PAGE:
Gradient descent is an available algorithm that may be applied to optimize the parameters of a data set while also minimizing the cost function. Gradient descent optimizes the model such that it measures the local gradient of the cost function (which may be computed with partial derivatives) and gradually alters the weight of the parameter until the cost function is minimized.
Initially, the theta parameter is filled with random values, a step known as random intialization. Once this is done, the algorithm moves in a particular direction as the cost function improves gradually. Eventually, the algorithm will converge on a minimum value. In an article by Sebastian Ruder, gradient descent is conceptualized as, “a way to minimize an objective function J(θ) parameterized by a model’s parameters θ ∈ Rd by updating the parameters in the opposite direction of the gradient of the objective function ∇θJ(θ) w.r.t. to the parameters.”
One of the most important parameters of the gradient descent algorithm is the learning rate, which must be exogenously established. The learning rate defines how rapidly the theta parameter value descends to that optimized value. The greater the learning rate, the faster that the algorithm arrives at the optimized value, and if small, the longer it takes.
There are important set backs to take note of. If the learning rate is too large, the algorithm may bounce back and forth to alternating sides of the cost function gradient. On the other hand, if the learning rate is too small, it may take an infinitely long amount of time. Ruder conceptualizes the learning rate as follows, “The learning rate η determines the size of the
steps we take to reach a (local) minimum. In other words, we follow the direction of the slope of the surface created by the objective function downhill until we reach a valley.” Thus, when executing a gradient descent algorithm, it is important to establish an intermediate learning rate to ensure these errors are avoided.
Dealing With Complex Cost Functions
Not all cost functions appear parabolic and only have a single minimum, a global minimum. In some cases, they may be more erratic with multiple local minima and maxima, as well as a global minimum. Additionally, there may be plateau regions which are relatively flat, and thus the algorithm will be optimized very slowly. One consequence of having a cost function that has a local minimum is the fact that the algorithm may get stuck in one of these valleys even though this is not the most optimized theta value. Fortunately, in gradient descent, the MSE cost function is a parabolic curve, and thus won’t cause any significant issues with respect to optimizing the parameter value.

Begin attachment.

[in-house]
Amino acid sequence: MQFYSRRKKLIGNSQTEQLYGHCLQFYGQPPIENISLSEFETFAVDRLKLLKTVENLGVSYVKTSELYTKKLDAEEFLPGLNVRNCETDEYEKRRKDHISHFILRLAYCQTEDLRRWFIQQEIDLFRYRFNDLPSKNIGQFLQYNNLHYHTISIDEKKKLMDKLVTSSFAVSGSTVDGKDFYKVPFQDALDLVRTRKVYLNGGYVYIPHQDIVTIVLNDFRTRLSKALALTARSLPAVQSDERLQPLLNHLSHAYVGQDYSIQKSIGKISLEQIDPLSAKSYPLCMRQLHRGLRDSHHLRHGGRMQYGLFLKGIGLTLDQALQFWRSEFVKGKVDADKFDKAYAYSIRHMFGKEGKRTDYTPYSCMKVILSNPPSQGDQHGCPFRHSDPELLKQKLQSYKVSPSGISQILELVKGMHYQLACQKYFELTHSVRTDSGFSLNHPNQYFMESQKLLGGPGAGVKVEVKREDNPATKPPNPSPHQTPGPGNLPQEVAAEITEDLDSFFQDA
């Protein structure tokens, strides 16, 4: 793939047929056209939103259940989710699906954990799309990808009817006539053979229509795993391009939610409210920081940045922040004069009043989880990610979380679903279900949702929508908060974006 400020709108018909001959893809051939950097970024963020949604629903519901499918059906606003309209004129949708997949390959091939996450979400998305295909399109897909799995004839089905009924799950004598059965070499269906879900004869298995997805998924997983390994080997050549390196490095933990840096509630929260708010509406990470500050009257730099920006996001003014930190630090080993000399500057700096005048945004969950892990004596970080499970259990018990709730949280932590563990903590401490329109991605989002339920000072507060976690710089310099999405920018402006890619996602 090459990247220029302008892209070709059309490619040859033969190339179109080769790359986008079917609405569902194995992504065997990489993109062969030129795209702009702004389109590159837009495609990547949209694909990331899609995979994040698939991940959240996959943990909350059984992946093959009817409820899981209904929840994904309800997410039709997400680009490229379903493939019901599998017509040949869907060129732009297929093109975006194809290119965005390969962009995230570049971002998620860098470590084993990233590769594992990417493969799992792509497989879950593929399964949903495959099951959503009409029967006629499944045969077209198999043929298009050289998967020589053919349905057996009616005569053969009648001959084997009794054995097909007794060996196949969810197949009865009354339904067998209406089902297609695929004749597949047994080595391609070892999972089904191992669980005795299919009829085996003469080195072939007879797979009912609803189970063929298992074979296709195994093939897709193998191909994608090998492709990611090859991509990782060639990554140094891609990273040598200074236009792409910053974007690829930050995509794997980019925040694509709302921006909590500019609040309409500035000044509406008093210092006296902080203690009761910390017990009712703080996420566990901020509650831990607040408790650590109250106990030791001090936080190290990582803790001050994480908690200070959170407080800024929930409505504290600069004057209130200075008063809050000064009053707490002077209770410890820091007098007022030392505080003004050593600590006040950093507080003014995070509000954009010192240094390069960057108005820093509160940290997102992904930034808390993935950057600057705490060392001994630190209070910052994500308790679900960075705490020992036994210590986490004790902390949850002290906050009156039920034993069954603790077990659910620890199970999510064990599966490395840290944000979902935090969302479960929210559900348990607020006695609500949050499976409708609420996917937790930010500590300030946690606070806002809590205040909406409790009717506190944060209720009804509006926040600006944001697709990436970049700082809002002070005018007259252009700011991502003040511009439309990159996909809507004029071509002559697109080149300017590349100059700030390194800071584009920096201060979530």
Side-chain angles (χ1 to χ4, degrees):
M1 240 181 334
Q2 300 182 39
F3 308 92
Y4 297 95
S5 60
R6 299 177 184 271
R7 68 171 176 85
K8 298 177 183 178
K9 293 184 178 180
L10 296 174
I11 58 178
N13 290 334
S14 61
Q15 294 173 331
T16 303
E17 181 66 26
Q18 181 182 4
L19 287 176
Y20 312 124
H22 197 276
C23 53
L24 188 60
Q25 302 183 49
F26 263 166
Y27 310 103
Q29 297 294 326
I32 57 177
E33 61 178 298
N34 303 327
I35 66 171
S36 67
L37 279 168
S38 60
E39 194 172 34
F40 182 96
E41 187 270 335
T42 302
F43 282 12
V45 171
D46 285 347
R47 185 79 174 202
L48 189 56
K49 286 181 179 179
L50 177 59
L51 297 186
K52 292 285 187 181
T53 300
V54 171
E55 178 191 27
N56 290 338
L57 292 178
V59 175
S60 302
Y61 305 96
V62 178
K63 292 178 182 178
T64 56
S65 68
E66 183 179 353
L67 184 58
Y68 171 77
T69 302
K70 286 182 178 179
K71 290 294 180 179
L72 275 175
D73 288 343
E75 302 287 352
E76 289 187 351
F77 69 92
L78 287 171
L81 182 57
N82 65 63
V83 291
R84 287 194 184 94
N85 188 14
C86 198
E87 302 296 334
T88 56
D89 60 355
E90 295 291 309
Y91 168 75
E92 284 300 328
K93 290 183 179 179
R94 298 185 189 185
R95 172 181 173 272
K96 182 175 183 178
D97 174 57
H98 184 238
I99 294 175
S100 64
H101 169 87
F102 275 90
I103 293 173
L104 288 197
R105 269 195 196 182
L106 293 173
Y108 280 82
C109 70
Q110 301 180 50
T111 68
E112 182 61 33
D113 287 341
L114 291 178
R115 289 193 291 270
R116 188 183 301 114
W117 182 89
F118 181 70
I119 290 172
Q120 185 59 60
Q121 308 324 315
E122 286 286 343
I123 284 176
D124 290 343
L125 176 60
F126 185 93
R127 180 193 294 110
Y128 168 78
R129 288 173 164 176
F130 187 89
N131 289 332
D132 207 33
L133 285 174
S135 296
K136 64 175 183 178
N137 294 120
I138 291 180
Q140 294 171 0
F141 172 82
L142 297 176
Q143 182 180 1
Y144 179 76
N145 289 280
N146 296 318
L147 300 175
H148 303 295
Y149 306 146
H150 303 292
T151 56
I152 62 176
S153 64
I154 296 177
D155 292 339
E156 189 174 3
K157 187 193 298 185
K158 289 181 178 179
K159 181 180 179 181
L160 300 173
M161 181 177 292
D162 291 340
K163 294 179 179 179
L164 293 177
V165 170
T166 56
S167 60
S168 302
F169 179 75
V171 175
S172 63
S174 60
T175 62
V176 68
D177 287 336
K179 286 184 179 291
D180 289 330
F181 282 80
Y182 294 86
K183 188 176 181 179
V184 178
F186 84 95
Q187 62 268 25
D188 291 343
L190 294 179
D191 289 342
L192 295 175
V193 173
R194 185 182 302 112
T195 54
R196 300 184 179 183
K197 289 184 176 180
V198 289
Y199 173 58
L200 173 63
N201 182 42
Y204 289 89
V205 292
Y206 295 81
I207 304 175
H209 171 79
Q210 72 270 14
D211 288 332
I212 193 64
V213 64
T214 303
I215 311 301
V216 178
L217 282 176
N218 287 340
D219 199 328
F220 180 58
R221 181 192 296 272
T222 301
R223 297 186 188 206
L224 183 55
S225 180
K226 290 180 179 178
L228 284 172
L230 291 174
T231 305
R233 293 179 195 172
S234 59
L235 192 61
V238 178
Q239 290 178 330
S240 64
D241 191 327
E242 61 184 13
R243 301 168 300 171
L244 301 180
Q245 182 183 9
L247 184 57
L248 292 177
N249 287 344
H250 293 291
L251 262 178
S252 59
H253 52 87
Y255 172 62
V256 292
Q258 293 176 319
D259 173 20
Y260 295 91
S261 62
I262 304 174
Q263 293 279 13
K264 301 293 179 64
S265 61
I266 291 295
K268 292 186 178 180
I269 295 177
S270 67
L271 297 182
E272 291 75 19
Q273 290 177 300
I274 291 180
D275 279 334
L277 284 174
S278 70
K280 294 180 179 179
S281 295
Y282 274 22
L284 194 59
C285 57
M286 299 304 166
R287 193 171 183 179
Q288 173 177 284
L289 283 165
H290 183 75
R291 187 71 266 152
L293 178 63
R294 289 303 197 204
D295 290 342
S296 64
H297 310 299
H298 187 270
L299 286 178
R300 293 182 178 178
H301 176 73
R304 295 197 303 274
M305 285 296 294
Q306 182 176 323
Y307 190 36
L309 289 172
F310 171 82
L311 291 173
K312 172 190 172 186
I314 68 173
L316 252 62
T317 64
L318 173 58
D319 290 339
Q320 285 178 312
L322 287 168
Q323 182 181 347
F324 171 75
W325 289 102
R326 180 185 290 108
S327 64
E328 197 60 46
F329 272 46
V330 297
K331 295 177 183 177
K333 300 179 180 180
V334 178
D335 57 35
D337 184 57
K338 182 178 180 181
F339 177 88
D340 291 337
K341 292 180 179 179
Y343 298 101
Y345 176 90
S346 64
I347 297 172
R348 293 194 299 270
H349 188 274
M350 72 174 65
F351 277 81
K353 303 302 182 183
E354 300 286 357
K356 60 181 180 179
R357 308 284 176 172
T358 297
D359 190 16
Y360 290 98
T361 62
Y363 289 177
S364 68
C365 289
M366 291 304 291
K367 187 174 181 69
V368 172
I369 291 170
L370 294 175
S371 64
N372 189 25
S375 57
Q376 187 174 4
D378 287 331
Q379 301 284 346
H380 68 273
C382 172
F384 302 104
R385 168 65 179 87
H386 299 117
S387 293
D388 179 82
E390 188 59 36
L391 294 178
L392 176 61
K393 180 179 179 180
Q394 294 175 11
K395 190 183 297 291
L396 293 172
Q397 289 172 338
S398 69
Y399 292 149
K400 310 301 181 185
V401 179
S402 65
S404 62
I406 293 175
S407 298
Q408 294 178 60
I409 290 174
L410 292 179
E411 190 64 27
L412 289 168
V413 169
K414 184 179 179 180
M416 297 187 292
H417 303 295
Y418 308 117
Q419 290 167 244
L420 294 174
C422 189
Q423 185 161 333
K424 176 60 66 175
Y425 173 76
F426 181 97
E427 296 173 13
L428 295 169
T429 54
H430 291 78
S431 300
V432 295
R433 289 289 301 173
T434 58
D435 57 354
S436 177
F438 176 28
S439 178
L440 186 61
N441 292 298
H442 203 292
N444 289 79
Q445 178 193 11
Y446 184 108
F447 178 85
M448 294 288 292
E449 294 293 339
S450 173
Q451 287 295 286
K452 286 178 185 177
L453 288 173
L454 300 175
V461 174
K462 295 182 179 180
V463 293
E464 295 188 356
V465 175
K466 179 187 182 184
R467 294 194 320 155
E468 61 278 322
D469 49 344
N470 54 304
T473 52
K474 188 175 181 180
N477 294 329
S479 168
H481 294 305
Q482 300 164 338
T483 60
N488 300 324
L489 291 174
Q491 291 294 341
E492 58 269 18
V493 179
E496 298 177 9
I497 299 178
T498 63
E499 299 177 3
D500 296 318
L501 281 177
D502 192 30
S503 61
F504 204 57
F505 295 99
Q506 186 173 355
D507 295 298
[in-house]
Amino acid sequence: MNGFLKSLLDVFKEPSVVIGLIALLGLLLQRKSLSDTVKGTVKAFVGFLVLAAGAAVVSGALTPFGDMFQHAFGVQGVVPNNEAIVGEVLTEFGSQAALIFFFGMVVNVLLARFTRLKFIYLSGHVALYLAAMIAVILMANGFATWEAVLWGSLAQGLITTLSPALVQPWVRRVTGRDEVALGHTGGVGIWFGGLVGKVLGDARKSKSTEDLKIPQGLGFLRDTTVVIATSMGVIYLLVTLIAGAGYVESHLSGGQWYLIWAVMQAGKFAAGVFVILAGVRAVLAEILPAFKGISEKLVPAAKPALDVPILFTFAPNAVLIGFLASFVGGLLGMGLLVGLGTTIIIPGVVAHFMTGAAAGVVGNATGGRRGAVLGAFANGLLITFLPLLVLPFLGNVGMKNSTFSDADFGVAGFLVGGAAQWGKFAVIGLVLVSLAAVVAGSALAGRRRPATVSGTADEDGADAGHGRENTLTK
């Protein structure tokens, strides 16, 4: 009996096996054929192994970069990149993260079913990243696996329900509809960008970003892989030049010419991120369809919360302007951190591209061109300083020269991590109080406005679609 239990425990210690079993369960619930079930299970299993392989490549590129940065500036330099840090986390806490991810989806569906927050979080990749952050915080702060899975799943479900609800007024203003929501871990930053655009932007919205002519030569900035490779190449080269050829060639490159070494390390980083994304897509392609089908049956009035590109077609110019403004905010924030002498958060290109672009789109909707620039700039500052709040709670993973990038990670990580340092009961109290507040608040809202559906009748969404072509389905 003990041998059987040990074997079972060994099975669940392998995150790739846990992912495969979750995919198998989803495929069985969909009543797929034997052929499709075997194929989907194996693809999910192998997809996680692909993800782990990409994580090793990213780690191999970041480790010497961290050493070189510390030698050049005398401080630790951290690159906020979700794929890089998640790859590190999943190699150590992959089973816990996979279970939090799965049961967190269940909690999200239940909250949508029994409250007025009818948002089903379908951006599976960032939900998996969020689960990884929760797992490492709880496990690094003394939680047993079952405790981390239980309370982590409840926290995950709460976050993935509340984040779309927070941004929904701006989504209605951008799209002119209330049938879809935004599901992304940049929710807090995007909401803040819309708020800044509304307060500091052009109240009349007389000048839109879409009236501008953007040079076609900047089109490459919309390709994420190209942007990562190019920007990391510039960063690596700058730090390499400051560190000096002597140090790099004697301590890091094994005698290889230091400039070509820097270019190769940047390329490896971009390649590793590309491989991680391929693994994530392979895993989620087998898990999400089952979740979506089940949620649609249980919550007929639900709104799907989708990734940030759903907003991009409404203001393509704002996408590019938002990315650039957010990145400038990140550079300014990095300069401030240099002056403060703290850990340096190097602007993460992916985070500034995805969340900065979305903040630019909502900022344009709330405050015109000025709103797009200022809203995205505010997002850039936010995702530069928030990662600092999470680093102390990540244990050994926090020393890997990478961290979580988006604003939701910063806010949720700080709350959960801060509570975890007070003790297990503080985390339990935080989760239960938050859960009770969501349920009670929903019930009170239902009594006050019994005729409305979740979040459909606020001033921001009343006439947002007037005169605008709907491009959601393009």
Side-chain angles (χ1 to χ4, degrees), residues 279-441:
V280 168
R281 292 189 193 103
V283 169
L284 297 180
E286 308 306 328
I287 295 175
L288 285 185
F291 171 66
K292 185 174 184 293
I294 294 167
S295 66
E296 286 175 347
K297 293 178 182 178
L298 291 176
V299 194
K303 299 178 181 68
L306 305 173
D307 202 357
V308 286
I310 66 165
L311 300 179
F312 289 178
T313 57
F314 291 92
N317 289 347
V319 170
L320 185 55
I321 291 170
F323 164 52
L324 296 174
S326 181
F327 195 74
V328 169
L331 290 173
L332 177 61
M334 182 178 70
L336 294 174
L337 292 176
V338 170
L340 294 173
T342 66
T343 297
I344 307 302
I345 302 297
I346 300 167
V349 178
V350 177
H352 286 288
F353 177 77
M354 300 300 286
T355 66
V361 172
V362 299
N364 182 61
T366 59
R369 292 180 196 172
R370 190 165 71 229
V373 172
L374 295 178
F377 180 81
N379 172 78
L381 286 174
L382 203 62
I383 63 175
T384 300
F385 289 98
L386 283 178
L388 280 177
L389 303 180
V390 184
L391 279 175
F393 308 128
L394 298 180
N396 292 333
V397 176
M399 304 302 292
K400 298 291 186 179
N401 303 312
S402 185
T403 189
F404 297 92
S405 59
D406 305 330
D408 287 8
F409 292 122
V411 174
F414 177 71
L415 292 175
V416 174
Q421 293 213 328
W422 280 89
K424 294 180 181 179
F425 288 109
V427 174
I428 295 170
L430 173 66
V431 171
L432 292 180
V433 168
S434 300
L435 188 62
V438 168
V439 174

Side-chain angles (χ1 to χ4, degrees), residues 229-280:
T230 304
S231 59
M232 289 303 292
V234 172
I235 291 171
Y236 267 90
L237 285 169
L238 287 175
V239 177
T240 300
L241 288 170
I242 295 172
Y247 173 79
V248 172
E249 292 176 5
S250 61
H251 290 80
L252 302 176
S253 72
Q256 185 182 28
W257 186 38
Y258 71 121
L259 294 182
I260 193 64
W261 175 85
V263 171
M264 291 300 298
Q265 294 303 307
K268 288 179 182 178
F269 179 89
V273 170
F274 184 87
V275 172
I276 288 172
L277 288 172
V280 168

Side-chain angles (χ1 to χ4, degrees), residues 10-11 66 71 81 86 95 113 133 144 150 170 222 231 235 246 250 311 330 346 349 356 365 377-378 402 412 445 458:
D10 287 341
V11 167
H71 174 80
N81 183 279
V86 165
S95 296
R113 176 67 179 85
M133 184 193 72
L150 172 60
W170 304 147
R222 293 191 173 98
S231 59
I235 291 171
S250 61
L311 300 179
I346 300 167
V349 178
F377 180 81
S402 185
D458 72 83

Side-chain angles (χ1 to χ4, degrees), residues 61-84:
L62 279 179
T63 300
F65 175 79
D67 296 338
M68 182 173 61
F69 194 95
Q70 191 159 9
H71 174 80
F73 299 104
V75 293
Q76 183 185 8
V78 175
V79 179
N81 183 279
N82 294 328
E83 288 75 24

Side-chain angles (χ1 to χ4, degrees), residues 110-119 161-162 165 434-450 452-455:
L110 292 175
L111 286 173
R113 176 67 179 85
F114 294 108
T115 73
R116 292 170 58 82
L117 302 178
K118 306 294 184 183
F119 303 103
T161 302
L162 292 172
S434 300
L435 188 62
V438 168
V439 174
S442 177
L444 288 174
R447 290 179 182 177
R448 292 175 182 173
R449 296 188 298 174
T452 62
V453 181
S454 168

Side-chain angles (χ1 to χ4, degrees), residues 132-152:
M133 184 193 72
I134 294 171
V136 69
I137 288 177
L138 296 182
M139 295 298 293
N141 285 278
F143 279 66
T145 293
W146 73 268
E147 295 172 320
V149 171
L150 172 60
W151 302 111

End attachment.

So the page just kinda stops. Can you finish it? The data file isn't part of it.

Challenges of Gradient Descent
Ruder points out several important challenges posed in gradient descent, which should be noted:
• Choosing a proper learning rate can be difficult. A learning rate that is too small leads to painfully slow convergence, while a learning rate that is too large can hinder convergence and cause the loss function to fluctuate around the minimum or even to diverge.
• Learning rate schedules try to adjust the learning rate during training by e.g. annealing, i.e. reducing the learning rate according to a pre-defined schedule or when the change in objective between epochs falls below a threshold. These schedules and thresholds, however, have to be defined in advance and are thus unable to adapt to a dataset’s characteristics.
• Additionally, the same learning rate applies to all parameter updates. If our data is sparse and our features have very different frequencies, we might not want to update all of them to the same extent, but perform a larger update for rarely occurring features.
• Another key challenge of minimizing highly non-convex error functions common for neural networks is avoiding getting trapped in their numerous suboptimal local minima. Dauphin et al. argue that the difficulty arises in fact not from local minima but from saddle points, i.e. points where one dimension slopes up and another slopes down. These saddle points are
usually surrounded by a plateau of the same error, which makes it notoriously hard for SGD to escape, as the gradient is close to zero in all dimensions.
The Take Away
The gradient descent algorithm is one of the most fundamental linear regression models programmers employ in machine learning. Gradient descent provides a succinct means of optimizing the parameter values such that the cost function, whichever is being used, is minimized. We briefly addressed the cost function, particularly the mean square error cost function. We then got into the important facets of the gradient descent algorithm, followed by the nuances of the learning rate. In our next article, we dig deeper into the subject of gradient descent by focusing specifically on batch gradient descent.